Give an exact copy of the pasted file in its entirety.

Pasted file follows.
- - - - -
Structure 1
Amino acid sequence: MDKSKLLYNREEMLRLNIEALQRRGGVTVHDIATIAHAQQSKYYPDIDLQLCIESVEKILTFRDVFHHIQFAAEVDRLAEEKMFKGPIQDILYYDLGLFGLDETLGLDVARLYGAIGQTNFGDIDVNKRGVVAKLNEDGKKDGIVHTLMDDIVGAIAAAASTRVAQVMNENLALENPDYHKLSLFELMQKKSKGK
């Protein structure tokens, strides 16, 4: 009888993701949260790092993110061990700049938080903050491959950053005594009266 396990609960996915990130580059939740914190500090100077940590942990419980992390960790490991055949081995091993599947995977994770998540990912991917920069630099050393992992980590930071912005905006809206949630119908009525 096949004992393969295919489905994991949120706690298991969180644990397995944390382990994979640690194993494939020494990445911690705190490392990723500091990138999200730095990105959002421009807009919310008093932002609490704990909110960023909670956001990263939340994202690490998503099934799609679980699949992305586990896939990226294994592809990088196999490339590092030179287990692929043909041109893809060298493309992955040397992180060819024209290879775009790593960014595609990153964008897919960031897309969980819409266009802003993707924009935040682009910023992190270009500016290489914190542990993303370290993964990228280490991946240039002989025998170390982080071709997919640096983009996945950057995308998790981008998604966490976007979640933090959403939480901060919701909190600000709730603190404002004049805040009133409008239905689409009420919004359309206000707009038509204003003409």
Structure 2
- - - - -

Structure 1
Amino acid sequence: MDKSKLLYNREEMLRLNIEALQRRGGVTVHDIATIAHAQQSKYYPDIDLQLCIESVEKILTFRDVFHHIQFAAEVDRLAEEKMFKGPIQDILYYDLGLFGLDETLGLDVARLYGAIGQTNFGDIDVNKRGVVAKLNEDGKKDGIVHTLMDDIVGAIAAAASTRVAQVMNENLALENPDYHKLSLFELMQKKSKGK
């Protein structure tokens, strides 16, 4: 009888993701949260790092993110061990700049938080903050491959950053005594009266 396990609960996915990130580059939740914190500090100077940590942990419980992390960790490991055949081995091993599947995977994770998540990912991917920069630099050393992992980590930071912005905006809206949630119908009525 096949004992393969295919489905994991949120706690298991969180644990397995944390382990994979640690194993494939020494990445911690705190490392990723500091990138999200730095990105959002421009807009919310008093932002609490704990909110960023909670956001990263939340994202690490998503099934799609679980699949992305586990896939990226294994592809990088196999490339590092030179287990692929043909041109893809060298493309992955040397992180060819024209290879775009790593960014595609990153964008897919960031897309969980819409266009802003993707924009935040682009910023992190270009500016290489914190542990993303370290993964990228280490991946240039002989025998170390982080071709997919640096983009996945950057995308998790981008998604966490976007979640933090959403939480901060919701909190600000709730603190404002004049805040009133409008239905689409009420919004359309206000707009038509204003003409």
Structure 2